I liked the first Experience a lot so as I started listening to the second installment, I thought a few things. At first, I didn’t think these songs were that good, at first. Obviously, by calling the albums a 20/20 Experience, he wants us to get a full vision of what he’s trying to create but I wondered “is this just too many extras? Are these just songs that should’ve been left to be bonus or non-LP tracks?” The one thing that was immediate: Timbaland. His style is great and you know it is his sound that is being heard, and that made up for what I was feeling with the first two tracks. What changed things was the third track, one that featured Drake called “Cabaret”. I’m not what you’d call a Drake fan but I’ll listen, and his performance here is fairly decent. The pairing here works, and that was the moment the album got better and more interesting. While Jay-Z makes an appearance on the Experience with “Murder”, his references to John Lennon and Yoko Ono seemed half-assed and misinformed, and I felt that in a world where anyone and everyone can do a search on Google, he is someone who came off as clueless as J. Lo in the claim that Ono had what it had taken to break-up The Beatles. Incorrect, Mr. Carter, put on a dunce cap for that.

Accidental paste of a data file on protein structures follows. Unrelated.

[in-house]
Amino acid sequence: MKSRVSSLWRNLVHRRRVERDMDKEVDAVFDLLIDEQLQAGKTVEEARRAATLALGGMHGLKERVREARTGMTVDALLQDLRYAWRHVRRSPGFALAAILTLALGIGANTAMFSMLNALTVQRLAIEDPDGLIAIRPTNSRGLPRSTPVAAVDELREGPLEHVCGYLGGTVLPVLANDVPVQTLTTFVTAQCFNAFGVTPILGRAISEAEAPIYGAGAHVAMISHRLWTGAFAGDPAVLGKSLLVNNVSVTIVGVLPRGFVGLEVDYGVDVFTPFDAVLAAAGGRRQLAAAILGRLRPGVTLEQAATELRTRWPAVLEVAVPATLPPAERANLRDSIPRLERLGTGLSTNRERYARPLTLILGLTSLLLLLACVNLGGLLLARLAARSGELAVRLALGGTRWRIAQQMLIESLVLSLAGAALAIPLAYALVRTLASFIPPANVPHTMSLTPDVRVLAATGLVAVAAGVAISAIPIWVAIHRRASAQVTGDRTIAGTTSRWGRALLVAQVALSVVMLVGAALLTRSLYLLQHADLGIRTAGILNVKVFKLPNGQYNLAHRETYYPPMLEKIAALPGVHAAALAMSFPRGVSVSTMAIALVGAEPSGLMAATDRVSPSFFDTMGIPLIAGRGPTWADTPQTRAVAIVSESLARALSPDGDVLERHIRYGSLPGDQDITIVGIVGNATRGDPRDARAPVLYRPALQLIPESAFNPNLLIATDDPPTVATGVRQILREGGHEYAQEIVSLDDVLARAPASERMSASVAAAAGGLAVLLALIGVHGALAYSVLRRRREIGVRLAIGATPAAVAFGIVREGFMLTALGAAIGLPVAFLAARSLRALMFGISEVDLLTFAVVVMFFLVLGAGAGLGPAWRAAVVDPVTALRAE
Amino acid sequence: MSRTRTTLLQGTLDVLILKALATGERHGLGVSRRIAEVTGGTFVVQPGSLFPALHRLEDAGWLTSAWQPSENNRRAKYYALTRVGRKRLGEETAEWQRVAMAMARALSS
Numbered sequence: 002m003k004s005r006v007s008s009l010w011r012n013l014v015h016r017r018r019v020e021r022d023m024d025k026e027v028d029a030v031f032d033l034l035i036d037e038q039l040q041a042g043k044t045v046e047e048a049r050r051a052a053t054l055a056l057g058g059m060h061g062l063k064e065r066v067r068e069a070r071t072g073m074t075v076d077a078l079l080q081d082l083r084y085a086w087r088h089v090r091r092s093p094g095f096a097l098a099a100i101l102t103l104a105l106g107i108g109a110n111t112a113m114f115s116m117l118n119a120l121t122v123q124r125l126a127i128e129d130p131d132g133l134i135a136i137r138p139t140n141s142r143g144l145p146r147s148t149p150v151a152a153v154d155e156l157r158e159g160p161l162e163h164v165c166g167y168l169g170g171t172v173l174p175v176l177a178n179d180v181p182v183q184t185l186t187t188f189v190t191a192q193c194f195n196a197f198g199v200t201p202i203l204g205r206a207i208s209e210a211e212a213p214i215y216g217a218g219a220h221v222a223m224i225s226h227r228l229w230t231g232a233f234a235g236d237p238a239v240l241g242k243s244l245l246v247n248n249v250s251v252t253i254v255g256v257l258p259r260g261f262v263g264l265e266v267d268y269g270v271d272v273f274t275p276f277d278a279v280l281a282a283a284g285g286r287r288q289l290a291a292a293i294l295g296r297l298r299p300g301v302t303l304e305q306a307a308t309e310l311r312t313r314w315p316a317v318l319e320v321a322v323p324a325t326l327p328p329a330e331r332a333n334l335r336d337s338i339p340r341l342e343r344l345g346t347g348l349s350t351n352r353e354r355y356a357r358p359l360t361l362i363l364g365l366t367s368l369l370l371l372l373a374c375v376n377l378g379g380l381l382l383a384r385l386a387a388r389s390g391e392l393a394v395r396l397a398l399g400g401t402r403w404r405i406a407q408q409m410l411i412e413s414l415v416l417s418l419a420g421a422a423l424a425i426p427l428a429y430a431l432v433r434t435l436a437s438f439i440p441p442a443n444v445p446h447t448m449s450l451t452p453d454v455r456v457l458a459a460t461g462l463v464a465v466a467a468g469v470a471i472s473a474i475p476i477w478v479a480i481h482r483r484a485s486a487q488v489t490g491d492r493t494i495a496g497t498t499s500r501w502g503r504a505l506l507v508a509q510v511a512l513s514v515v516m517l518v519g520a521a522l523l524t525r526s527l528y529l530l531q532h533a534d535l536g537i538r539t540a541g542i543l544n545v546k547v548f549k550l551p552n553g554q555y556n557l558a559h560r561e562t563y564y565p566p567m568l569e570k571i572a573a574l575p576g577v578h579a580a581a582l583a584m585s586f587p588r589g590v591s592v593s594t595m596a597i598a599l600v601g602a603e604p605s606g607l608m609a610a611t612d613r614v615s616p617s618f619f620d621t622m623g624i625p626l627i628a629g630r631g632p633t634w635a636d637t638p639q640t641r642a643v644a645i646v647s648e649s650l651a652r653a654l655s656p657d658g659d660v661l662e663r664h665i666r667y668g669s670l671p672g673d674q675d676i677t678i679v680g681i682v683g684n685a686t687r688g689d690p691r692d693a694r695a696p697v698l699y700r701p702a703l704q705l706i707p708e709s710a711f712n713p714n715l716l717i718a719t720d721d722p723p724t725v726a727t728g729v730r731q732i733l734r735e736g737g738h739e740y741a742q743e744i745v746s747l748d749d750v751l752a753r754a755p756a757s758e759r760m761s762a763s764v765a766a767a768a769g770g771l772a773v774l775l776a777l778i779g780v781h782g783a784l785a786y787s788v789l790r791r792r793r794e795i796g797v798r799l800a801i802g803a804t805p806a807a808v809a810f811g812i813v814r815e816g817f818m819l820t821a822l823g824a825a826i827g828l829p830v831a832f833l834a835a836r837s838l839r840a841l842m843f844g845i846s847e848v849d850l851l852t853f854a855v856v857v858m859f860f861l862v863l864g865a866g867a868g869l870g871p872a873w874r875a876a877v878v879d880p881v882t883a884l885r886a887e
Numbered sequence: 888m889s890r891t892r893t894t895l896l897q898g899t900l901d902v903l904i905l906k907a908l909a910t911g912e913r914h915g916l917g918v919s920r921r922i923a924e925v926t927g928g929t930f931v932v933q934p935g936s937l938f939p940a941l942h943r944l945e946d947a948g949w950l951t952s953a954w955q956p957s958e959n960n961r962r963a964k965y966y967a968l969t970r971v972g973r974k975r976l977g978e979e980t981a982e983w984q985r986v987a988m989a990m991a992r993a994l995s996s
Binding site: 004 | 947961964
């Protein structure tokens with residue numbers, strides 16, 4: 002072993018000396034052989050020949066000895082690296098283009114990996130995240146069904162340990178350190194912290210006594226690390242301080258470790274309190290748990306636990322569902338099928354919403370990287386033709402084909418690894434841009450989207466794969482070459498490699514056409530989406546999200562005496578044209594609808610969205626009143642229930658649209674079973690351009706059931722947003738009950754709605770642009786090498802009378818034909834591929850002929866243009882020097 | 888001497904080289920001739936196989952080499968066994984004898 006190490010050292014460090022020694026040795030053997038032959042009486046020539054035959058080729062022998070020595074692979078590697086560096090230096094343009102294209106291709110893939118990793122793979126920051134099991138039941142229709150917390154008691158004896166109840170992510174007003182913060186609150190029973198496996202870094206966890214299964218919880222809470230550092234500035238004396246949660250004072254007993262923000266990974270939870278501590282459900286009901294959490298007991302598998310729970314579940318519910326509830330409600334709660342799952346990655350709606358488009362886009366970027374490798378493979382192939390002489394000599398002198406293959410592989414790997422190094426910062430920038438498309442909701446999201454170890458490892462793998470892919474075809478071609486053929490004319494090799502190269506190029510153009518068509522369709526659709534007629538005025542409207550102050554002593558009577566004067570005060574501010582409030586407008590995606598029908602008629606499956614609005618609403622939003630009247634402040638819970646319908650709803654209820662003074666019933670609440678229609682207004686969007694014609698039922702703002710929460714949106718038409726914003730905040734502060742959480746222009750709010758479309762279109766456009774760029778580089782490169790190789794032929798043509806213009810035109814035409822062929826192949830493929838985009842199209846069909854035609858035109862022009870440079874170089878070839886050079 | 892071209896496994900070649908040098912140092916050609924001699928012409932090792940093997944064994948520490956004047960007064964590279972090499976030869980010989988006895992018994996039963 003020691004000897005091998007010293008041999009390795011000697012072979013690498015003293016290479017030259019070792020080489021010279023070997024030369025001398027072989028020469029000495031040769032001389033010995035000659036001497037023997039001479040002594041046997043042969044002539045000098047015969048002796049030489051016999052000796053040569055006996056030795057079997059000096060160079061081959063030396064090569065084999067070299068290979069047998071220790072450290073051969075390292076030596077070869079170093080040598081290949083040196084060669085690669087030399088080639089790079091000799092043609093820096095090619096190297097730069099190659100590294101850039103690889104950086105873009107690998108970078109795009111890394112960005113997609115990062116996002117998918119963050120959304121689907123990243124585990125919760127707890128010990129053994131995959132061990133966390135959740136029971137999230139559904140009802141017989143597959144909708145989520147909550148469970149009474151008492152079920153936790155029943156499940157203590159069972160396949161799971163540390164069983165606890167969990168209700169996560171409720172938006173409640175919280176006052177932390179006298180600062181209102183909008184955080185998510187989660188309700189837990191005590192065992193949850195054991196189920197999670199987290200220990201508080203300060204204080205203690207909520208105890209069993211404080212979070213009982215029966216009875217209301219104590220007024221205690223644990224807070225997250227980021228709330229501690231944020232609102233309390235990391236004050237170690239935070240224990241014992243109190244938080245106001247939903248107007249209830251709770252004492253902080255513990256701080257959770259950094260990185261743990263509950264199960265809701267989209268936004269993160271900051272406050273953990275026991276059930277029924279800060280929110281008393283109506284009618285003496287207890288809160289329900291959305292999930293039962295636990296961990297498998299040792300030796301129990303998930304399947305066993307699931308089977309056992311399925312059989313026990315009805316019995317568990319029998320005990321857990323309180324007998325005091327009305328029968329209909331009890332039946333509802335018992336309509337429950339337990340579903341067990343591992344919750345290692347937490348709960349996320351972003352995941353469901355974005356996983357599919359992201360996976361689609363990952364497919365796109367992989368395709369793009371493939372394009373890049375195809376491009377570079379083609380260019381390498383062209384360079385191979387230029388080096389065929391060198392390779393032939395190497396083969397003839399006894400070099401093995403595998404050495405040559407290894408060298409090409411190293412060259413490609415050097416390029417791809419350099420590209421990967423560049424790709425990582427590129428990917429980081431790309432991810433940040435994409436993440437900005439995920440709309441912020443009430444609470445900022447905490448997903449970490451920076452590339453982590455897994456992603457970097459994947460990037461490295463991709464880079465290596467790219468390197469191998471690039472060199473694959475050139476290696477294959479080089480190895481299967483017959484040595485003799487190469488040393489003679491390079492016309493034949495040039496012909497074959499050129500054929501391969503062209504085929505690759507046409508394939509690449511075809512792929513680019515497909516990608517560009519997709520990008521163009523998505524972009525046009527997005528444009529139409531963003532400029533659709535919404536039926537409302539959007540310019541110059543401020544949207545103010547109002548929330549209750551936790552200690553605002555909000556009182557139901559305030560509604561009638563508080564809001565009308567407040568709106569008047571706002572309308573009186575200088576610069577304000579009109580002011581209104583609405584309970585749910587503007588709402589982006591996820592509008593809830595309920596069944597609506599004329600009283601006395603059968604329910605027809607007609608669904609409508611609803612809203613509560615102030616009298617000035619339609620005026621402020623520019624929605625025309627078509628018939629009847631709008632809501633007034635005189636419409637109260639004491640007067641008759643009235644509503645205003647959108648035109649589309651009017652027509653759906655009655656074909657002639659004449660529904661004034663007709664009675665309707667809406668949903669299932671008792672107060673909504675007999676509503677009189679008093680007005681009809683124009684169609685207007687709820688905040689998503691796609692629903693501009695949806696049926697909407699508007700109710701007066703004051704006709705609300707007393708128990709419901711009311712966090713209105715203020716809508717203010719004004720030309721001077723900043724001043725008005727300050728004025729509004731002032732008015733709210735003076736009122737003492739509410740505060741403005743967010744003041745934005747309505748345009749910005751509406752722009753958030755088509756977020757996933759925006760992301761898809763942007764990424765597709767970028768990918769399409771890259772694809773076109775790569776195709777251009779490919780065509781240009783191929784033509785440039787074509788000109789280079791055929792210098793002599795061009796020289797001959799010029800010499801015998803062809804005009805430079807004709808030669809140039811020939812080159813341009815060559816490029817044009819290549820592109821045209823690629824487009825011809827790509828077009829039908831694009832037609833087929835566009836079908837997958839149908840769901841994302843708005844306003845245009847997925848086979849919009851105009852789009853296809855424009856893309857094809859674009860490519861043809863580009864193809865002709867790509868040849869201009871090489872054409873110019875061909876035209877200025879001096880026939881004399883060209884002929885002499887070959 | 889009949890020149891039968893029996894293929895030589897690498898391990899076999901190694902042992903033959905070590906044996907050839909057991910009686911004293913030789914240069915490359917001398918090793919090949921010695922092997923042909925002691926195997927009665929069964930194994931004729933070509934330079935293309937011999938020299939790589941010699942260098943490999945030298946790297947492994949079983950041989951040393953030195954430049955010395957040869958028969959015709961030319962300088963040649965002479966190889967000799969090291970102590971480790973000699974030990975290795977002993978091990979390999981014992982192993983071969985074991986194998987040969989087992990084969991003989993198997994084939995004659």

There are three noticeable things on this album that stood out from the rest of the material. “Drink You Away” has a very strong country feel with gospel roots, but it could also be a blues song. To me, it seems that if Timberlake senses his style of soul/pop could lose a following, he could always move over to the country side. It wouldn’t be a problem, and maybe people remember that photo of him with Britney Spears where they both showed off their denim duds. He most likely grow up with a good share of country too and this could easily become a song he performs next year as part of a collaboration with a country artist at next year’s Grammy award ceremonies. Or do a country remix with Lady Antebellum or Little Big Town. I can see it, and he should do it. The other thing is the rock feel of “Only When I Walk Away”, which for some reminded me of Janet Jackson when she did “Black Cat” and how people felt it was a stretch, a challenge, and a risk. One might argue that that can be said for Timberlake, which will lead others to say “well he’s white, he doesn’t have to worry about risk” but still, rock isn’t familiar to most even though he once played bass with the Flaming Lips for a television performance. Why shouldn’t any artist be able to play around with genres and have fun? By the time the album gets to this point, the mood of the album had gone beyond fun.